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Management And Training

Introducing Integrated Cleaning And Measurement

September 19, 2010
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Integrated Cleaning and Measurement (ICM) is an open-source system in which best practices are defined by scientific measurement of cleaning.

The goal is to successfully connect measurable contaminant levels with measurable health outcomes and measurable fiscal impacts so that cleaning will be evaluated and purchased based on health outcomes and real business impact.

Today, end users are looking to provide proof of performance and need a resource for best practices.

ICM, supported by a growing consortium of interested organizations, scientists, manufacturers, and end users, will meet this demand.

Below are frequently asked questions and answers about ICM.

Who created the ICM concept?
ICM is the brainchild of a number of consultants and public health scientists inside and outside the cleaning industry, and its development is being funded by the private sector.

Why is measurement a main component of ICM?
The professionalism of the cleaning industry with resulting positive impacts on pay scales can best be achieved via measurement of specific results and outcomes.

While a clean facility appearance is the starting point, measurement enables tracking the removal of a growing list of unseen contaminants that can impact health and thus affect broader business, public welfare, and safety issues.

What types of measurement are now possible?
ATP, fungal enzyme, RODAC plate, Petrifilm, particle counter, airborne dust mass, infrared/moisture detection, and other device and measurement platforms are becoming increasingly available, portable and affordable.

Why is ICM significant?
ICM is a leadership system that embraces best practices as determined by scientific measurement of outcomes, and thus levels the playing field of cleaning product and process selection, using science as the main criterion for inclusion.

What do you mean by “open-source”?
ICM is open to product substitution.

That means best practice tools and processes are acceptable within the ICM system regardless of source, provided they can yield measurement data showing their effectiveness when compared to other methods.

Who will do the measurement?
Depending on the type of measurement required, persons measuring outcomes may range from custodians, to facilities managers, to public health scientists.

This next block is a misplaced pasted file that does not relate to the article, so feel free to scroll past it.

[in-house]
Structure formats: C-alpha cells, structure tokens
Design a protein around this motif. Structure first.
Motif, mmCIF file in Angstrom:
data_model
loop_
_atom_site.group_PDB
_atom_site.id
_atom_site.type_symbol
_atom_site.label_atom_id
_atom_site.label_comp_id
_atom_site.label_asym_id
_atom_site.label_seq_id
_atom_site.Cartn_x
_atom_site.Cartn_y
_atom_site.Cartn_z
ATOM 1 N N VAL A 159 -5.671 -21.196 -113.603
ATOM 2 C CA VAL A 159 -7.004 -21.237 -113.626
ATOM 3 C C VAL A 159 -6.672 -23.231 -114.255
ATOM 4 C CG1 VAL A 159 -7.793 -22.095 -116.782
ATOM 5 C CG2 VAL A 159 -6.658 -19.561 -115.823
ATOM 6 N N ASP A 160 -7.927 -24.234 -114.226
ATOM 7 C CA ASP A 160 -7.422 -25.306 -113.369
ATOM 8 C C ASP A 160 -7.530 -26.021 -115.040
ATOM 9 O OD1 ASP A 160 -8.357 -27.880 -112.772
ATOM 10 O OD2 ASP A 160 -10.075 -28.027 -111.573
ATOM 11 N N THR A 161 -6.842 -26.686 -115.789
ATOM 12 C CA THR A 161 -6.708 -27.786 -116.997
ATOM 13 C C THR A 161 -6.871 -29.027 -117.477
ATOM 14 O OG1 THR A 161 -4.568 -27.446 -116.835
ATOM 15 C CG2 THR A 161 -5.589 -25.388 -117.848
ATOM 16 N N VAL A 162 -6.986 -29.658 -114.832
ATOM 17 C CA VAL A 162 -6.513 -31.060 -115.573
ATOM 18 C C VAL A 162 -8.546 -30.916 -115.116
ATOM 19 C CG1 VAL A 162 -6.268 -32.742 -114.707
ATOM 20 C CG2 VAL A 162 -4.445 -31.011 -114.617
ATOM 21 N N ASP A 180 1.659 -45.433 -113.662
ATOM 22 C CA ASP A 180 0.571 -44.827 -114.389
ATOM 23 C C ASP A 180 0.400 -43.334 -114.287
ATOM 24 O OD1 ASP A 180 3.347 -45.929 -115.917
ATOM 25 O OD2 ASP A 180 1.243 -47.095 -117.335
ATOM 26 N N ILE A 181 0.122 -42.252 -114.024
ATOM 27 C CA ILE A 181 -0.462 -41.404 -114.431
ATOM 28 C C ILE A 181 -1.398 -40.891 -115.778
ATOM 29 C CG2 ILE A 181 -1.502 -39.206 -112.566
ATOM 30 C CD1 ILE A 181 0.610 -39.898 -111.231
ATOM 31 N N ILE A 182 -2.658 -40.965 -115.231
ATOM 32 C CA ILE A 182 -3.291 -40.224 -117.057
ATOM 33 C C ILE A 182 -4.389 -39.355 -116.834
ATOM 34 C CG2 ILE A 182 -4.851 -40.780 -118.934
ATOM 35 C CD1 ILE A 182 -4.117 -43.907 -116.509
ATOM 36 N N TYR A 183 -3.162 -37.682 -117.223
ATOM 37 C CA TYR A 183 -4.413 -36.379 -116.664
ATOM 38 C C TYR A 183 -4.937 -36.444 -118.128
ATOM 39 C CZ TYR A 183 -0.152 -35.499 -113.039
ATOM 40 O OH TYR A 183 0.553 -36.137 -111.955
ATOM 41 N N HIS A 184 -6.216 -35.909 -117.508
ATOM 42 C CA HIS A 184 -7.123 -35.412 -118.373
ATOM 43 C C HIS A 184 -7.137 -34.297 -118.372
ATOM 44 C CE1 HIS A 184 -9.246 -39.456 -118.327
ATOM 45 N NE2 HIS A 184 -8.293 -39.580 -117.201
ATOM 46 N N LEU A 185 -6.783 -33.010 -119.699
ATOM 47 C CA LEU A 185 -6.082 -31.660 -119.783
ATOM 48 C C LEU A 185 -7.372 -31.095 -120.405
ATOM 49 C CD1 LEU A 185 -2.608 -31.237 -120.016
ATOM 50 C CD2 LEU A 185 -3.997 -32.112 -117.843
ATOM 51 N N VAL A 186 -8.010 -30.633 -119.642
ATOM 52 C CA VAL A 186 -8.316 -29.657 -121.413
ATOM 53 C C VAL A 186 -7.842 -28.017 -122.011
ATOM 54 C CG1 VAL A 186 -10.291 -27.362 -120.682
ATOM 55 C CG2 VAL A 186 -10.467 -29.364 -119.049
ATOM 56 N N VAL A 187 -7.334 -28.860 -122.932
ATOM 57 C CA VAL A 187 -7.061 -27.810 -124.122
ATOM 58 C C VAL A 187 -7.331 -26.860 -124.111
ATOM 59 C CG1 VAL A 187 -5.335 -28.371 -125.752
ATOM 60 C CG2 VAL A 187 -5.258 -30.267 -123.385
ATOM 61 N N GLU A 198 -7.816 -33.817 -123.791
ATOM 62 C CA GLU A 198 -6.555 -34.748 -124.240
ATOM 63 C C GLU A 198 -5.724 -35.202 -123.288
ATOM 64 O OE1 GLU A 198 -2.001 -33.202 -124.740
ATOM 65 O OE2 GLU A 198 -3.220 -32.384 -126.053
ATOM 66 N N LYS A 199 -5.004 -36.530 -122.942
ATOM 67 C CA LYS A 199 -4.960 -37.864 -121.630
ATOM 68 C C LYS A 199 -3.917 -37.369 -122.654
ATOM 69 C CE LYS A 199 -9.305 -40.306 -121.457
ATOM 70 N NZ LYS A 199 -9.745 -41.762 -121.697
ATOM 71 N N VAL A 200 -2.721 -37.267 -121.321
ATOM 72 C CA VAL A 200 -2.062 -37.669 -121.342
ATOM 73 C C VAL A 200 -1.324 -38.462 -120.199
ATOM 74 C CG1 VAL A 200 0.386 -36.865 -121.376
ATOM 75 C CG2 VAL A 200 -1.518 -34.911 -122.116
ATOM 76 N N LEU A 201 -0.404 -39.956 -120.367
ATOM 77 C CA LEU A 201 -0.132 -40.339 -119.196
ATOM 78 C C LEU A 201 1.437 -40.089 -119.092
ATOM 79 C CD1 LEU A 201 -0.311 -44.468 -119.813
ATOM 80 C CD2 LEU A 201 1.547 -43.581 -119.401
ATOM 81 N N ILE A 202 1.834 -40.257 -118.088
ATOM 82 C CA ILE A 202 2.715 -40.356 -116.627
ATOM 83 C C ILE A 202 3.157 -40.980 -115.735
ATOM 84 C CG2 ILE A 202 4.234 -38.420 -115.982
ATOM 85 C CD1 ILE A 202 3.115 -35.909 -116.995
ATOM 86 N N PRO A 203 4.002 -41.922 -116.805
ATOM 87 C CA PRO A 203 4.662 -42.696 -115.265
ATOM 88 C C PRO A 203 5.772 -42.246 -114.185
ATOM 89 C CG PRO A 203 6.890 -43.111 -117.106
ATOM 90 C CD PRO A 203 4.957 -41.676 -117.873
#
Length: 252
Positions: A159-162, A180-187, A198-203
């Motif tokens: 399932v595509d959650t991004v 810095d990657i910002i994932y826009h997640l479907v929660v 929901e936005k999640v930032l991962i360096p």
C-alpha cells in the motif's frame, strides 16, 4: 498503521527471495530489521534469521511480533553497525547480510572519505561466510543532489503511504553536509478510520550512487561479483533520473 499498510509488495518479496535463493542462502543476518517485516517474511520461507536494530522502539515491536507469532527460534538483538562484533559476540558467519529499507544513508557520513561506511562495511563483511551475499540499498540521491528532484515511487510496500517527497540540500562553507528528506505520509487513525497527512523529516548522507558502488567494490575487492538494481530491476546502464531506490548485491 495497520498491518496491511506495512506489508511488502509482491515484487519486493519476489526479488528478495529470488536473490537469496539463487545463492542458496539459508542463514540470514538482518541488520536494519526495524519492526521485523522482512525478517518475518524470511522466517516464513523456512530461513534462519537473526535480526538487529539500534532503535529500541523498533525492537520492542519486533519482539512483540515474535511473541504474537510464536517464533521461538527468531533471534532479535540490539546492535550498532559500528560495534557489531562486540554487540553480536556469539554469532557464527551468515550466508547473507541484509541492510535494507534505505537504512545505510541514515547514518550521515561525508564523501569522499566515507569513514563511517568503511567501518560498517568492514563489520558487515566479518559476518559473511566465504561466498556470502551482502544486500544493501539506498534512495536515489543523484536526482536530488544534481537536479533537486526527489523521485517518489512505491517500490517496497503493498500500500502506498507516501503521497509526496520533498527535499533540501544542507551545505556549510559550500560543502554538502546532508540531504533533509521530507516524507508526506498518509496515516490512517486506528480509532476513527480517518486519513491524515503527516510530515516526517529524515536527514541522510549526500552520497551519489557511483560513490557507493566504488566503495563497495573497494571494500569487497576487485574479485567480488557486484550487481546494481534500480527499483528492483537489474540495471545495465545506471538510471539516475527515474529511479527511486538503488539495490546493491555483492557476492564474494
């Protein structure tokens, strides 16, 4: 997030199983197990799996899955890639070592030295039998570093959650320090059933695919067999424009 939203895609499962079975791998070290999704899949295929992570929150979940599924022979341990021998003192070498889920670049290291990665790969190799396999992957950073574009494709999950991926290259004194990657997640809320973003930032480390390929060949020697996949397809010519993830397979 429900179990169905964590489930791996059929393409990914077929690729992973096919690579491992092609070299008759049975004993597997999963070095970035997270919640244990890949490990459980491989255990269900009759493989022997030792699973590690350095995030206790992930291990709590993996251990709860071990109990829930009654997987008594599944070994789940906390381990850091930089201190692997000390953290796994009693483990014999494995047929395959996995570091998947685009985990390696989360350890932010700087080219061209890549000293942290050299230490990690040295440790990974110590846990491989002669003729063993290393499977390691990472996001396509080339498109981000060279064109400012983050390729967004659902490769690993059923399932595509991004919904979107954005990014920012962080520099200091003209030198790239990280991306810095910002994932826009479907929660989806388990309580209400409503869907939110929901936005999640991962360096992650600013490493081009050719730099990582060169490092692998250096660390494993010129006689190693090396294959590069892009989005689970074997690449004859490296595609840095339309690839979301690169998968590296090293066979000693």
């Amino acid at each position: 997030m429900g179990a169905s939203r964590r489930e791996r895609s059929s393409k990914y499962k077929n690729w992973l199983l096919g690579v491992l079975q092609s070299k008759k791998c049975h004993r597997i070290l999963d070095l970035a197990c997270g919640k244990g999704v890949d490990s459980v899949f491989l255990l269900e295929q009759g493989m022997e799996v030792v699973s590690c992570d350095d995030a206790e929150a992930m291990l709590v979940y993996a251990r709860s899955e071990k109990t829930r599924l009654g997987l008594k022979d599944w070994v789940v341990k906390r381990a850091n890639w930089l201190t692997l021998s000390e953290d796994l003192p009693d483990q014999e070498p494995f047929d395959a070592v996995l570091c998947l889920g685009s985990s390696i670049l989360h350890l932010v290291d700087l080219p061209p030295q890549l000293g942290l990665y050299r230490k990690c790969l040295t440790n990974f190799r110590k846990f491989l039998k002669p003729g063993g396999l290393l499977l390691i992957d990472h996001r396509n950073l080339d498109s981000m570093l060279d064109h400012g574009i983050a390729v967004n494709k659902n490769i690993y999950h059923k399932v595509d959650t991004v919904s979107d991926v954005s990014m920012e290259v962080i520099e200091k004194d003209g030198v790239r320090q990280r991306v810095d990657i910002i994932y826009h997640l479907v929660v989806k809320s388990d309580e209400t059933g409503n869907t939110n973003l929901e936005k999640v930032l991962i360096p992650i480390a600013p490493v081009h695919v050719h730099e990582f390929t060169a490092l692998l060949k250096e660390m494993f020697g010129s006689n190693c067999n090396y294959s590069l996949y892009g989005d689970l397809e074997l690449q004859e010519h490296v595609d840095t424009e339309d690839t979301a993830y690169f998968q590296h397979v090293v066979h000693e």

For example, handheld ATP devices are simple to use, and, with limited training, can be employed by an average cleaning worker.

Who will police or monitor the system?
Like other open-source systems, the development and “policing” of ICM will be driven by both the industry community and experts who will be looking at the data and outcomes, keeping the process — and players — honest and transparent.

What types of integration are part of ICM?
The foundational tenet of ICM is integration in all its forms.

The initial point of integration will be between appearance cleaning and health-oriented cleaning — that is, facilities must not only look clean and healthy, but ideally, they must actually be clean and healthy as evidenced by the proven and measured removal of visible and invisible (without magnification) unwanted matter.

However, it doesn’t stop there.

Effective systems integrate in a variety of ways and across a number of fronts when they are comprehensive and synergistic; thus ICM, over time, will by definition include integration of existing, successful systems of cleaning.

In short, ICM strives to create unification of elements, rather than separation or “silo thinking,” and to use measurement as the way to define and interpret success.

It is, however, a journey not a destination, and integration/unification/measurement can be developed and improved indefinitely.

Will ICM work with CIMS?
ICM is designed to work with CIMS.

In fact, it is recommended that before embarking on any ICM program, facilities management participate in CIMS training.

How will ICM affect the way the public views the cleaning industry, and how they buy cleaning services?
The goal — truly the “Holy Grail” of cleaning — is that we as an industry will be able to successfully connect measured cleaning outcomes with measured health outcomes and quantified bottom line impacts so that cleaning will be evaluated and purchased based as much on health and business impacts as it is now based on whether or not the facility looks and smells clean for the lowest price possible.

How will ICM affect the cleaning industry as a whole?
As we scrutinize and improve what we are actually doing, the resulting positive health and operational impacts — and publicizing of these successes — will raise the level of respect the public has for commercial cleaning.

At least, that is a long-term goal; one that we believe is achievable.

Who will be opposed to this approach?
Hopefully nobody will oppose a sensible, science-based approach.

However, products and processes that will not withstand scrutiny will be most sensitive and vulnerable.

Proponents of these less-effective methods have much to lose — or gain — by voluntarily paying attention and acting appropriately.

When will the system be ready?
ICM pilots are currently in development in several facilities across the country.

As results become available, they will be shared with the industry.

How will ICM work with CIRI?
The further development of the Cleaning Industry Research Institute (CIRI) will increasingly highlight the importance of integrating cleaning with measurement for the betterment of public health and, in fact, the entire cleaning industry.

ICM will be fueled and driven by the efforts of CIRI and similar organizations.

Allen P. Rathey is president of InstructionLink/JanTrain Inc.
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